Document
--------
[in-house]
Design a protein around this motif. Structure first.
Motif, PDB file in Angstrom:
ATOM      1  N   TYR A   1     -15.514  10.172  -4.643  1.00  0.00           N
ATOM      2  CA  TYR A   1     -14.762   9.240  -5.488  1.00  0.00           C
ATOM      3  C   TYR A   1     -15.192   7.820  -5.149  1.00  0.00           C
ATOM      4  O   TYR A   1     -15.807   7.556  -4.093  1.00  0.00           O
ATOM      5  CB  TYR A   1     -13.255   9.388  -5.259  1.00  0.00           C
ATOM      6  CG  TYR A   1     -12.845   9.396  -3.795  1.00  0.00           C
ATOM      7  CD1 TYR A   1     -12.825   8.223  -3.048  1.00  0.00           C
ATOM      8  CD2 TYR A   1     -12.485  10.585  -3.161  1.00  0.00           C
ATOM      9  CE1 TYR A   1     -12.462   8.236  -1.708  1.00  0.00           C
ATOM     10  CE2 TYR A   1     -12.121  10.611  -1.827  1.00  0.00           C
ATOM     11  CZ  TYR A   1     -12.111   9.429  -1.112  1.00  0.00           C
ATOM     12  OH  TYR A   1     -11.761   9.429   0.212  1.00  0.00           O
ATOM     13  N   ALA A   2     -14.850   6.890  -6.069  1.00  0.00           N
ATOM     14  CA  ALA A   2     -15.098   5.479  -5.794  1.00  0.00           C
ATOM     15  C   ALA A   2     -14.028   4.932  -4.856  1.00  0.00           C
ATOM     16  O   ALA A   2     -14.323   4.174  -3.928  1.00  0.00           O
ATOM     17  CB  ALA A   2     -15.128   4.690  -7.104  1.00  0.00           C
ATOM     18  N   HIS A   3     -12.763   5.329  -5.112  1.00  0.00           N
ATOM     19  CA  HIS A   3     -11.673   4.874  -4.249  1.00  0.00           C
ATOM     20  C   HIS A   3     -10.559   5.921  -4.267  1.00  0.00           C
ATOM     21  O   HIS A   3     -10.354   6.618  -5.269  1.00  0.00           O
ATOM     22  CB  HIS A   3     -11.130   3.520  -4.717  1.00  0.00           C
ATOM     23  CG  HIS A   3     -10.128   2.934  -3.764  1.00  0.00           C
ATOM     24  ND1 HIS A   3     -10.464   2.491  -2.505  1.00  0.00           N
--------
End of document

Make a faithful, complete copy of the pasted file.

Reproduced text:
[in-house]
Design a protein around this motif. Structure first.
Motif, PDB file in Angstrom:
ATOM      1  N   TYR A   1     -15.514  10.172  -4.643  1.00  0.00           N
ATOM      2  CA  TYR A   1     -14.762   9.240  -5.488  1.00  0.00           C
ATOM      3  C   TYR A   1     -15.192   7.820  -5.149  1.00  0.00           C
ATOM      4  O   TYR A   1     -15.807   7.556  -4.093  1.00  0.00           O
ATOM      5  CB  TYR A   1     -13.255   9.388  -5.259  1.00  0.00           C
ATOM      6  CG  TYR A   1     -12.845   9.396  -3.795  1.00  0.00           C
ATOM      7  CD1 TYR A   1     -12.825   8.223  -3.048  1.00  0.00           C
ATOM      8  CD2 TYR A   1     -12.485  10.585  -3.161  1.00  0.00           C
ATOM      9  CE1 TYR A   1     -12.462   8.236  -1.708  1.00  0.00           C
ATOM     10  CE2 TYR A   1     -12.121  10.611  -1.827  1.00  0.00           C
ATOM     11  CZ  TYR A   1     -12.111   9.429  -1.112  1.00  0.00           C
ATOM     12  OH  TYR A   1     -11.761   9.429   0.212  1.00  0.00           O
ATOM     13  N   ALA A   2     -14.850   6.890  -6.069  1.00  0.00           N
ATOM     14  CA  ALA A   2     -15.098   5.479  -5.794  1.00  0.00           C
ATOM     15  C   ALA A   2     -14.028   4.932  -4.856  1.00  0.00           C
ATOM     16  O   ALA A   2     -14.323   4.174  -3.928  1.00  0.00           O
ATOM     17  CB  ALA A   2     -15.128   4.690  -7.104  1.00  0.00           C
ATOM     18  N   HIS A   3     -12.763   5.329  -5.112  1.00  0.00           N
ATOM     19  CA  HIS A   3     -11.673   4.874  -4.249  1.00  0.00           C
ATOM     20  C   HIS A   3     -10.559   5.921  -4.267  1.00  0.00           C
ATOM     21  O   HIS A   3     -10.354   6.618  -5.269  1.00  0.00           O
ATOM     22  CB  HIS A   3     -11.130   3.520  -4.717  1.00  0.00           C
ATOM     23  CG  HIS A   3     -10.128   2.934  -3.764  1.00  0.00           C
ATOM     24  ND1 HIS A   3     -10.464   2.491  -2.505  1.00  0.00           N